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In this volume, the relationship between Jews and media is not only vividly illustrated, but it is consciously drawn into the formation of modern Jewish history and modern media. Maya Balakirsky Katz addresses key Jewish-media intersections in which Jews and mass media implicated (or were implicated by) one another. In this study, Katz discusses the relationship that Jews have had with mass media forms of print, film, photography, advertising, and postcards within the periods that these media have gained cultural ascendancy. These historical moments are tethered to a broader conversation addressing the major theoretical issues at the center of the discourse on Jews and media. Bearing this mutually constructive relationship in mind, Intersections between Jews and Media offers both a tangible demographic portrait of the real Jews who entered mass media and lays a theoretical and methodological framework for more qualitative analyses.
In Revising Dreyfus, contributors from a wide variety of disciplines (art history, film, media, theater, sociology, history) offer new ways of understanding the ever-evolving meanings of the Dreyfus Affair. Although the Dreyfusards led the way in explicating the nuances of the Affair in lengthy treatises, the anti-Dreyfusards far outstripped their opponents on the graphic front, particularly through print media, photographs,
postcards, broadsides, films, illustrated journal covers, and the plastic arts. Revising Dreyfus traces the dominant modes of “seeing” the Dreyfus Affair, often in opposition to “reading” the Affair in three major contexts: French, Zionist, and American.
In: IMAGES

Abstract

Scholarship on Hasidism typically utilizes literary source material of the dynastic leaders and their top disciples, while the more typical master/disciple relationship has escaped attention. Hasidic movements have produced, distributed, and voraciously consumed visual portraits of their leaders throughout the nineteenth and twentieth centuries. The most visually productive Hasidic community is the Belarusian HabadLubavitch, which has produced images of five of its seven generations of leaders. Indeed, portraits of its leaders have been integral to the development of Habad both in Eastern Europe and its post-Shoah rejuvination in the United States. This paper begins with Habad's visual history from the 1880s release of portrait paintings of the first and third Habad leaders in the effort to establish a unified group identity at a time of factionalism. The survey then moves to Yosef Yitzchak Schneersohn, the sixth Rebbe of Habad, who rallied his followers with the medium of photography. Photography became a central component of his leadership in the 1930s and 1940s. The study then moves to the seventh and last Habad leader, Menachem Mendel Schneerson, who expanded the use of visual culture in Habad and used his own image to forge a post-Shoah group identity around a distinctly American leader who was also the spiritual repository of the six preceding Russian leaders. Schneerson's image production and reproduction began to model American celebrity culture in the early 1970s as part of a public campaign to inaugurate the Messianic Age. This broad dissemination of Schneerson's image inadvertantly created an elastic Schneerson portrait, whose reflexivness, in some respects, transcended its subject.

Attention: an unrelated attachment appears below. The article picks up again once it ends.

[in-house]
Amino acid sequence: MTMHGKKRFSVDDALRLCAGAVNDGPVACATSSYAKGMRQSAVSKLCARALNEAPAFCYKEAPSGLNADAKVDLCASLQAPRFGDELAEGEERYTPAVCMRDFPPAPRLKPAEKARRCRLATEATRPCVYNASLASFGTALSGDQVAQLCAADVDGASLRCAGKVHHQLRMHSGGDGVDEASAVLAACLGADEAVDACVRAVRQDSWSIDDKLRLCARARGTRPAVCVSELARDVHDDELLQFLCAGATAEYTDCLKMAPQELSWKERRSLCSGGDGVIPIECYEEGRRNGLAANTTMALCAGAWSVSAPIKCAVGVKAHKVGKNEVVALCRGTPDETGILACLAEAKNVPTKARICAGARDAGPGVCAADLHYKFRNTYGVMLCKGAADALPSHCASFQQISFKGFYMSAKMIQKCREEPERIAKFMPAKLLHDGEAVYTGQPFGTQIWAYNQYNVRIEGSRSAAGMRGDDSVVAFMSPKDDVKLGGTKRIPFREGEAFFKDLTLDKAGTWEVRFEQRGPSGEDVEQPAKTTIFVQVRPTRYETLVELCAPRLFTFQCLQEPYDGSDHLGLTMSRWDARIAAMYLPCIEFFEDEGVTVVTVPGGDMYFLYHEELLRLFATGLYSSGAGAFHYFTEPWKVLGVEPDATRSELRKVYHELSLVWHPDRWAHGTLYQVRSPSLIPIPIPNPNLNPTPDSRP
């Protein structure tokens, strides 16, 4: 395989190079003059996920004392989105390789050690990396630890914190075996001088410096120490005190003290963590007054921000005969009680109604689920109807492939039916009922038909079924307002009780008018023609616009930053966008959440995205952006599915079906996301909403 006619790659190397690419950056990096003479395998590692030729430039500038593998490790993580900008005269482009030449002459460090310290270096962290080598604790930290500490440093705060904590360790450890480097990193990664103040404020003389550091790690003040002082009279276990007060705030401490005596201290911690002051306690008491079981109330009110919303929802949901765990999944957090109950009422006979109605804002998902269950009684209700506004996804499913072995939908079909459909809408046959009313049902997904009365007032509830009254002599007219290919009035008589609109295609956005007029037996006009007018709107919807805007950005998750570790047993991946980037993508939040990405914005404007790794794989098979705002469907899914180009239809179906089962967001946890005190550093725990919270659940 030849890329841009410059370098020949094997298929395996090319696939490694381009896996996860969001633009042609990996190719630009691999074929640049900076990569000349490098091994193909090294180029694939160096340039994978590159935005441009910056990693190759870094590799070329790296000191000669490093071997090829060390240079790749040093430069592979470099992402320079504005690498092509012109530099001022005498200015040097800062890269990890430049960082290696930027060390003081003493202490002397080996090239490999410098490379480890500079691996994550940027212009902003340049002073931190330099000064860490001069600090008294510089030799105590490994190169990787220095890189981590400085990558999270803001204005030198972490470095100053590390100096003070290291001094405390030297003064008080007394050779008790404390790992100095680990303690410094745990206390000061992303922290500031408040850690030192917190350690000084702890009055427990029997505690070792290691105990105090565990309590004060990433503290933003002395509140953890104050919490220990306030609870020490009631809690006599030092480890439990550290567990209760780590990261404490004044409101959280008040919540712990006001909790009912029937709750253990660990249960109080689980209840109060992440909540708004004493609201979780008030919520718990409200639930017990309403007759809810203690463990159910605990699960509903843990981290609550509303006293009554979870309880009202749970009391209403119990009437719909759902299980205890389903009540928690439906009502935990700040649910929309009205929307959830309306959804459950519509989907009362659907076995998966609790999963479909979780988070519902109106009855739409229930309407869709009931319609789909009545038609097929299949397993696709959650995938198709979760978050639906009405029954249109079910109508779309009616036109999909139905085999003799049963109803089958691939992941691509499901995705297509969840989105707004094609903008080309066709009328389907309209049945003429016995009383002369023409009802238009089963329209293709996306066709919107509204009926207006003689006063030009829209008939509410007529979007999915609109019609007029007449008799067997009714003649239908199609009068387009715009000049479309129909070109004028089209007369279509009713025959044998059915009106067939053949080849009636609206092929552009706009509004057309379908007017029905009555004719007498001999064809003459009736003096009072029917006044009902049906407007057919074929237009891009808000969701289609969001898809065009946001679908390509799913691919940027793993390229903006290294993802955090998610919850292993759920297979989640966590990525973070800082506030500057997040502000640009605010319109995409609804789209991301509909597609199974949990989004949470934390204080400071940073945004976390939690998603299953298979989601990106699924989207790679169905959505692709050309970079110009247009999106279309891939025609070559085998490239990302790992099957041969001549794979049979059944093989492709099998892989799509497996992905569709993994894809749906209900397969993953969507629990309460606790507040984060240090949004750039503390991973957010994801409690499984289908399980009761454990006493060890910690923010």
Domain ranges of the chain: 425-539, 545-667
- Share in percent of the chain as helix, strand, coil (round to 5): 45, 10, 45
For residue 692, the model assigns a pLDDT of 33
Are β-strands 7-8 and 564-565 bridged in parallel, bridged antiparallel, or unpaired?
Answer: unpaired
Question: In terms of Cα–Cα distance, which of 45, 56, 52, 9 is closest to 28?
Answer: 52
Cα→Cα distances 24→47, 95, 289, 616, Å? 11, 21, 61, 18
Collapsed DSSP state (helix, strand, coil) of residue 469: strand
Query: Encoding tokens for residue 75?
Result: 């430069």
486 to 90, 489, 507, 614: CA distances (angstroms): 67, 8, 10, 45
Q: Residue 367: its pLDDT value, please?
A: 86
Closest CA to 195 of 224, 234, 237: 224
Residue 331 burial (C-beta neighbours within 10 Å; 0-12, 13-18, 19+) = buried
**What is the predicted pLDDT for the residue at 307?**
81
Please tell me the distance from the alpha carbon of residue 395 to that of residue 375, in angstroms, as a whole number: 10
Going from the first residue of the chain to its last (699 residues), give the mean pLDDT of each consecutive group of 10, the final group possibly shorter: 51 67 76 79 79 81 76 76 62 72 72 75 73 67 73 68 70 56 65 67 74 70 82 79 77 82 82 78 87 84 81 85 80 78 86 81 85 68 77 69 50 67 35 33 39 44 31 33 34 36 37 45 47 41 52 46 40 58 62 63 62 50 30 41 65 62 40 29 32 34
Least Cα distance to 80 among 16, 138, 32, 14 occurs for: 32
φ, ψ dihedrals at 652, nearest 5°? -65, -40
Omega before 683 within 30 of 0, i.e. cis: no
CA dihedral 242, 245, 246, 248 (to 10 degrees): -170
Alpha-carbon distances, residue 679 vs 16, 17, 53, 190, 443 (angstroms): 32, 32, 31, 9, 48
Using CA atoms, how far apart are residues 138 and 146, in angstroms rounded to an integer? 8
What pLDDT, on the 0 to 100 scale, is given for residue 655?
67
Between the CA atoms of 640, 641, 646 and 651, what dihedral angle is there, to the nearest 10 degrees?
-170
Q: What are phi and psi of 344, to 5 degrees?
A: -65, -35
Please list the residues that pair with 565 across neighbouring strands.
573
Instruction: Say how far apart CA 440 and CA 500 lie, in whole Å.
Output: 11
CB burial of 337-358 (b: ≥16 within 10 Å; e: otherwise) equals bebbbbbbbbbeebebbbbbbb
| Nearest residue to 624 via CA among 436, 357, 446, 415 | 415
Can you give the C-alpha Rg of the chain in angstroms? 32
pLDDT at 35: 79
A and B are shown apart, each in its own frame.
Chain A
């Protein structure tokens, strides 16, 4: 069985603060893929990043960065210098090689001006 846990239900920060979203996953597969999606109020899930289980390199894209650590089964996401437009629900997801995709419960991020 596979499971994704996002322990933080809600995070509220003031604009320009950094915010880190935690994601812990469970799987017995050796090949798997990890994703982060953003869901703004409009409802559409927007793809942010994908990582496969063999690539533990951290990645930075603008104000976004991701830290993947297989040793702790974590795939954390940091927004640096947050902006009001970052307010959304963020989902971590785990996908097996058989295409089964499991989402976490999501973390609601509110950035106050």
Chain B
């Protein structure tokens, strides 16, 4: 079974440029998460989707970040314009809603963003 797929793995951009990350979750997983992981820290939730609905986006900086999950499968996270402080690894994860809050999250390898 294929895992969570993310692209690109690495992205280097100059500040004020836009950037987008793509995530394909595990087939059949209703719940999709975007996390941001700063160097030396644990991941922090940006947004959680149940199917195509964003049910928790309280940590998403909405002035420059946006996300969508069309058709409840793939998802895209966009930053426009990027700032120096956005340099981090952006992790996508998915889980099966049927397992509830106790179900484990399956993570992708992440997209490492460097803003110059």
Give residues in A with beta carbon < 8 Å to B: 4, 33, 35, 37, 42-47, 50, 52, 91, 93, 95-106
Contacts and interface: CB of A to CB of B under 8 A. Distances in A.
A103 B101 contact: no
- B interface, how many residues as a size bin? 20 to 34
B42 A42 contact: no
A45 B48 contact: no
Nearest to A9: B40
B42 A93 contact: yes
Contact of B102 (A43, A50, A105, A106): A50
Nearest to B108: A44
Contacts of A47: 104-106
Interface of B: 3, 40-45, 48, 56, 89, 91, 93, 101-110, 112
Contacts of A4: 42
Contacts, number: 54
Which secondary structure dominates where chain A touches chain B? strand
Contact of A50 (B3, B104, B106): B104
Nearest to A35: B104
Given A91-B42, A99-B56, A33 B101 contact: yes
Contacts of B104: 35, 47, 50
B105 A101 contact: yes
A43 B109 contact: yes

In: IMAGES

The Jewish Brumberg sisters, known as the “grandmothers of Soviet animation,” established their own directors’ group at the newly-formed Soyuzmultfilm through which they sheltered and nurtured an underemployed artistic milieu. A case study of the personal, professional, and creative biographies of Valentina and Zinaida Brumberg reveals how they used their directors’ group as a safe haven for Moscow’s disenfranchised intellectual community after the closing of avant-garde theaters in the 1930s and 1940s.

In: IMAGES
In: IMAGES

After Stalin consolidated the major animation studios and closed down smaller regional studios to create a single Moscow-based drawn and puppet animation studio in 1934–36, the animation studio Soyuzmultfilm became the largest animation studio in Eastern Europe. In the 1960s, Soviet Jewish animators focused on the theme of social geography and developed individual characters in relationship to social mapping. This essay analyses the enigmatic Cheburashka, the Soviet Mickey Mouse, whose popularity as a Communist ideal led to his starring role as Soyuzmultfilm’s most enduring logo. It is particularly concerned with the development of the ethnically-unidentifiable Cheburashka against the history of the Moscow Zoo and its inter-species exhibitions.

In: IMAGES